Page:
Does it ever feel like life is filled with, “When x happens, then y will happen”? When I recently returned from vacation, it was only a couple of hours before I found myself wishing that I was headed back out on holiday again. I even had the thought, “When I go on vacation, then I will really be able to relax,” and I had just returned! I was shocked to find out how quickly my mind had slipped into planning mode and other thoughts like, “When I get home after work, then I will feel better. When the weather is warmer, then I will exercise more and be able to get back into shape." It doesn't take much for us to act as if what we are looking for in life is somewhere else or sometime in the future. Like John Lennon said, “Life is what happens to you while you're busy making other plans.”
On one hand, preparations and planning are necessary and it does no good to condemn ourselves when our sweet little egos try to protect themselves with planning. On the other hand, all we are searching for is here, and when we truly know THAT, we are less impacted by the constant mental acrobatics. How to we make sense of this? The Yoga Sutras give us great insight into this point.
Yoga Sutra 1.2
Yoga is when we abide in and as our True Nature – Stillness- that is without movement, whether the mind, which is the movement of thought, is in movement or not. (Translation by Richard Miller)
When we find ourselves battered with too many thoughts or caught in planning mode, it can be helpful to recall that even unruly or unpleasant thinking can serve as a pointer to what IS. While most translations of this yoga sutra simply state that “yoga is the cessation of the movements of the mind,” I prefer Richard Miller’s translation. Simply put, it feels more accurate: a welcoming of what IS. Instead of doing battle with my thoughts and trying to get them to be still, quiet, or more spacious, I can simply set thinking free and rest in the backdrop of what IS. Of course, the ego has preferences, it would like the mind to be calm, and peaceful and still. Thank goodness that we are so much more than our minds! The stillness spoken of here is subtle and visceral. Next time you notice your planning mode or are feeling the mind spitting out thought after thought, see what happens if you settle into the background. This is where a short body scan can really help. Feeling first into the physical body, helps us begin to make contact with what IS. Note, both the tensions and the softness of the body are felt with quiet curiosity. While the thoughts come and go, is it possible to feel into what else is present?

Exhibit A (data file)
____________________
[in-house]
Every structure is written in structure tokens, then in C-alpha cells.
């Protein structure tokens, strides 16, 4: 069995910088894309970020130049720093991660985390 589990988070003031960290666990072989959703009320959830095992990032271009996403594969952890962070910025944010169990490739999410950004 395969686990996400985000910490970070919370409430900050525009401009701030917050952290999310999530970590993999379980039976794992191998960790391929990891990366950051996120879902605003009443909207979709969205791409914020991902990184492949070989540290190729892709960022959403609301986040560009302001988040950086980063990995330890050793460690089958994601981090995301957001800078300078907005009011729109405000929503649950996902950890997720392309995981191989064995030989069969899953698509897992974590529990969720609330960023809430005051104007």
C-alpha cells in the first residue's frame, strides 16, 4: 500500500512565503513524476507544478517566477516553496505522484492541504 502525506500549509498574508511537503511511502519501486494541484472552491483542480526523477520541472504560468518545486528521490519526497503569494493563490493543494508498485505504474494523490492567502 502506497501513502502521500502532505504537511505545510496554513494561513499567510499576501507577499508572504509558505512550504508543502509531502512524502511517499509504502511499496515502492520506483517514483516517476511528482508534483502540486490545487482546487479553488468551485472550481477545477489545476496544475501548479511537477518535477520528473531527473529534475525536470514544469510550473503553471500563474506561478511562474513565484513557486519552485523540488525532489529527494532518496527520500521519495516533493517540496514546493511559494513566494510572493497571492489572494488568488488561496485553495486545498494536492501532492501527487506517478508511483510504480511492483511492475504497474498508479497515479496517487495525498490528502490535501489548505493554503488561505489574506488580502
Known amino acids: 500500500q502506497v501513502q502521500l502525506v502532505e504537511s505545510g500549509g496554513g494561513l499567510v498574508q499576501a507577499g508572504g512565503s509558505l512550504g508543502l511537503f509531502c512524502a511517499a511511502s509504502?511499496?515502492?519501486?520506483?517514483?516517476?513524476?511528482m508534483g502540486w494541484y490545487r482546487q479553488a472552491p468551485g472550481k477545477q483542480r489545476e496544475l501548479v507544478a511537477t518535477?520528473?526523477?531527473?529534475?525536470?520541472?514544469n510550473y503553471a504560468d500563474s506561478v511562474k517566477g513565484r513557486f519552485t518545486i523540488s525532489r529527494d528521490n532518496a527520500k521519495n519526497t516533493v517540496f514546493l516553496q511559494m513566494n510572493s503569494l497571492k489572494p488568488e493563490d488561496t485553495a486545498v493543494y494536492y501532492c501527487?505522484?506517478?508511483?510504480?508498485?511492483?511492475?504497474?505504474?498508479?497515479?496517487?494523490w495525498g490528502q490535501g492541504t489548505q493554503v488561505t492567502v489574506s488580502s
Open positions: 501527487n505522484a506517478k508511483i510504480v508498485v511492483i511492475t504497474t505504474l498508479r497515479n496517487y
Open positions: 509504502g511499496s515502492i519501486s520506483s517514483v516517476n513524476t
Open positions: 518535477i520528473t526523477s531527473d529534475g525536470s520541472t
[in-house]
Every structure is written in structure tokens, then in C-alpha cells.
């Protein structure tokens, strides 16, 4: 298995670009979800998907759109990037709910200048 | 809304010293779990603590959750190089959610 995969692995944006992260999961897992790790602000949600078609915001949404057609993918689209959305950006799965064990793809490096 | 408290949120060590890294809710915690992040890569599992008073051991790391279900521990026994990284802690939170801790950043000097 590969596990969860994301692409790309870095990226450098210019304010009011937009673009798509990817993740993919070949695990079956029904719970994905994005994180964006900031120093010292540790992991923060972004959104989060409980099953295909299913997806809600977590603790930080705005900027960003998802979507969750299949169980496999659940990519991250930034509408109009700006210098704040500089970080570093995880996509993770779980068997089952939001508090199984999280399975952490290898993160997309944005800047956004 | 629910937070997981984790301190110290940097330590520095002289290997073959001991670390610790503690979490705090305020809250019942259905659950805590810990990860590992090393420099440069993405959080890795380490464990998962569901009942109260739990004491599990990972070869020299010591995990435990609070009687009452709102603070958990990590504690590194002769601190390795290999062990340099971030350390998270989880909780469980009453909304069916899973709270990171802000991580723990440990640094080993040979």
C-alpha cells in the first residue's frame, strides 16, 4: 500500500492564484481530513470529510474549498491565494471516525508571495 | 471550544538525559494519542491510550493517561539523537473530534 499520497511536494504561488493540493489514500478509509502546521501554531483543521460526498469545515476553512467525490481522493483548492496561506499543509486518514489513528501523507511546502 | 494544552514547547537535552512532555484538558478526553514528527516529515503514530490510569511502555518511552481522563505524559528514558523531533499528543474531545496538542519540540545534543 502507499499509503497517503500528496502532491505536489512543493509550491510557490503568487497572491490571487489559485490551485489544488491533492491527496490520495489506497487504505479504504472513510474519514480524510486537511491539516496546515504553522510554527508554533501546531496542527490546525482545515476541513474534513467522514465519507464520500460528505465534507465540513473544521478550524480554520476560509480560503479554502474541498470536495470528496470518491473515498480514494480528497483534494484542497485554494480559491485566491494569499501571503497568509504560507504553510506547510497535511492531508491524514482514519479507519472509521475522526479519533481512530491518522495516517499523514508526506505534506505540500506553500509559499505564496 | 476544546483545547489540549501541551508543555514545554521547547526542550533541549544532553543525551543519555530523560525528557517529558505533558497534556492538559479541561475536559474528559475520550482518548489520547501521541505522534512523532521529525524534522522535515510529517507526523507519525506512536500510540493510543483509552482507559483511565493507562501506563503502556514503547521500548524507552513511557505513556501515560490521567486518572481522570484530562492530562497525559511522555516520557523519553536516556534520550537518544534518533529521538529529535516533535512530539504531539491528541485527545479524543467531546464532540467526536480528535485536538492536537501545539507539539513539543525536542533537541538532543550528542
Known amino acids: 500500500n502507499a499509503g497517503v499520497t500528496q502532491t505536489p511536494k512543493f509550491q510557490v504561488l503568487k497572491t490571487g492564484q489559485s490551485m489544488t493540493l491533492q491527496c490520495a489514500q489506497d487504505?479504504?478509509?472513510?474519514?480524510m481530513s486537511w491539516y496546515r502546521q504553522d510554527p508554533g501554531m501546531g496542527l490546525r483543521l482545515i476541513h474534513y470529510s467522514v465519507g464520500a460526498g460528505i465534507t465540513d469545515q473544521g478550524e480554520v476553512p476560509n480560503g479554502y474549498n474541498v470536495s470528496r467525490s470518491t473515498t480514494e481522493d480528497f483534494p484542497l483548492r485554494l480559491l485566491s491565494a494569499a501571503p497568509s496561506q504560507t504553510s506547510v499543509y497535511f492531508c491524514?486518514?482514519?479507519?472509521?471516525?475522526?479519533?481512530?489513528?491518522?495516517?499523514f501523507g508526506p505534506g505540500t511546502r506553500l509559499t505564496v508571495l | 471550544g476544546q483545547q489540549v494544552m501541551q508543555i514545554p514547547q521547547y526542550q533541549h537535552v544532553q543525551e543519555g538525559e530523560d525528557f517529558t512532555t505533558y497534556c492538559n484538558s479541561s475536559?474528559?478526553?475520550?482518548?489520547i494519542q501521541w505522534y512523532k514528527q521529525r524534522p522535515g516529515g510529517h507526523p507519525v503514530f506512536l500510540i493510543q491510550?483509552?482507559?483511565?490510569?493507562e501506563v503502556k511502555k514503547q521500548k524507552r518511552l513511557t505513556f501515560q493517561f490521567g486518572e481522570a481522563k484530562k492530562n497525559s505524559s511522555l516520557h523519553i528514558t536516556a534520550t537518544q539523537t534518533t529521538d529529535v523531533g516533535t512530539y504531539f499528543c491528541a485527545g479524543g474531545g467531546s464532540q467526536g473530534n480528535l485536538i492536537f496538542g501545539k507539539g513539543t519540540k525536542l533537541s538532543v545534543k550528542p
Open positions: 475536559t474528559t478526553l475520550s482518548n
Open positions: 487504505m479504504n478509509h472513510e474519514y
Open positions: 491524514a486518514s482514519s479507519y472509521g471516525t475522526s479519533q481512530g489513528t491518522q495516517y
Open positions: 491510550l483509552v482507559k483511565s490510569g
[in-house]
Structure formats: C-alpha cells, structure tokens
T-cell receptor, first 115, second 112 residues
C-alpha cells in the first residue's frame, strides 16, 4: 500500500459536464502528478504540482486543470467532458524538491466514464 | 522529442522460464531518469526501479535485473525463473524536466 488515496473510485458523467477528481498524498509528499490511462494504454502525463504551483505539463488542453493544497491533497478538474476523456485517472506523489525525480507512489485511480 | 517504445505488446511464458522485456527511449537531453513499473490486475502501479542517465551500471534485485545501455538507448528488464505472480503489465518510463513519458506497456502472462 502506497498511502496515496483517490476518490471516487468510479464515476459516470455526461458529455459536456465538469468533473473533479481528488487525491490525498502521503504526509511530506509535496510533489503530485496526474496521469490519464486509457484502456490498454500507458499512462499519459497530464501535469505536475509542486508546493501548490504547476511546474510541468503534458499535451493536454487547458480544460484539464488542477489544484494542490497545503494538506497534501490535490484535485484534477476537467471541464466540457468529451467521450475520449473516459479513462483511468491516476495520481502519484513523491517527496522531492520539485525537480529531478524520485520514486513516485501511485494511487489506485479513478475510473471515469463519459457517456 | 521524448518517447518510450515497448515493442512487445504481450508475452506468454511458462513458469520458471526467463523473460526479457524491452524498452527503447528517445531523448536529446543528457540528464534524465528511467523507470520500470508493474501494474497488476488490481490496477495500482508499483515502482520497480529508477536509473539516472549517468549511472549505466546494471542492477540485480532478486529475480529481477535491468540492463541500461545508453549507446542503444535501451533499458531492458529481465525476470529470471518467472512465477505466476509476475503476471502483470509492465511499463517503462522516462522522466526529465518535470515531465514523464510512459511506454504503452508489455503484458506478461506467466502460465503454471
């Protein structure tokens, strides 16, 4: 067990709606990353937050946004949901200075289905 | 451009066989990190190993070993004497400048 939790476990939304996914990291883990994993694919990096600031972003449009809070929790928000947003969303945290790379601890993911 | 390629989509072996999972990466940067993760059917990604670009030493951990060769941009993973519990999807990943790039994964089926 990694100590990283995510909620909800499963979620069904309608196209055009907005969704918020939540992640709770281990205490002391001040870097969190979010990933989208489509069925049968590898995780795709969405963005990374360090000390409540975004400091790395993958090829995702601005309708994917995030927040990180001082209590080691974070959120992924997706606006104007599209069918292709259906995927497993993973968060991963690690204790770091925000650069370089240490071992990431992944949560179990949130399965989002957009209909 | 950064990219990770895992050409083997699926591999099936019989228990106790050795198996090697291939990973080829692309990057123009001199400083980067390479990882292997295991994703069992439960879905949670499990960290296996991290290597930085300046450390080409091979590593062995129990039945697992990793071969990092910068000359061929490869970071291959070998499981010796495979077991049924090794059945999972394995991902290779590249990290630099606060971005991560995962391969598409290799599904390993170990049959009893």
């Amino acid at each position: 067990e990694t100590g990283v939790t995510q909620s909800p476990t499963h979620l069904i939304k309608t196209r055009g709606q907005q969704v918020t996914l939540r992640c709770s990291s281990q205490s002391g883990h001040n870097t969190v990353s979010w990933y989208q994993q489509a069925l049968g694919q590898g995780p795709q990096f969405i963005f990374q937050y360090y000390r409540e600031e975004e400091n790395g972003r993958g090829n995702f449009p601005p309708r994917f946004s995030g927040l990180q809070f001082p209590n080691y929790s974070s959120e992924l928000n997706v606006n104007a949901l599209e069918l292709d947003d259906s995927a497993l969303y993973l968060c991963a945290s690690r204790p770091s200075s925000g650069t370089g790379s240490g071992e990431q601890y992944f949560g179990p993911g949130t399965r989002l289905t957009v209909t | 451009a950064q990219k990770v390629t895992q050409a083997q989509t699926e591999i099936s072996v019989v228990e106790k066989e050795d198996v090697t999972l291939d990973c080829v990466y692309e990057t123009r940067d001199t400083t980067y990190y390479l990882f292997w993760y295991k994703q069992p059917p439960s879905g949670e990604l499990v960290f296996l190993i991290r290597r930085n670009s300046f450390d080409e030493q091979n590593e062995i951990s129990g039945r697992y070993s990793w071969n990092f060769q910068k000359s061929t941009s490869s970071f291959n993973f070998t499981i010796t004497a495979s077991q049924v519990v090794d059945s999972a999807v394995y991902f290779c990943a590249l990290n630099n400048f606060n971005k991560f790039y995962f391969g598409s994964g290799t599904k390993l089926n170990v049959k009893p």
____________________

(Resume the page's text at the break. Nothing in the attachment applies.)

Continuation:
I'm back home again, and I've always been here.
Standing at the base of the ski slope, waiting for my friend, and the waiting happens in This.
Eating strange food in a dark tavern in a foreign land and the new tastes are coagulations in This and as This.
Smiles and joy bursting forth while the sled dogs yip and howl as we prepare the sleds for mushing; all unfolds in This and as This.
Back outside my apartment, the morning after a long flight, the seagulls float on the river current in one direction and fly back in the opposite direction to float down the river again. They fly and land and float and This unfolds in them and as them.
Life is so full of happenings, arising from This, moving through This, superimposed on This.
I am back home again, and I've always been here.
Angela is a treasure at Flow. She leads our Hatha Yoga and our Yoga Nidra classes and has a private Psychotherapy Practice in DC.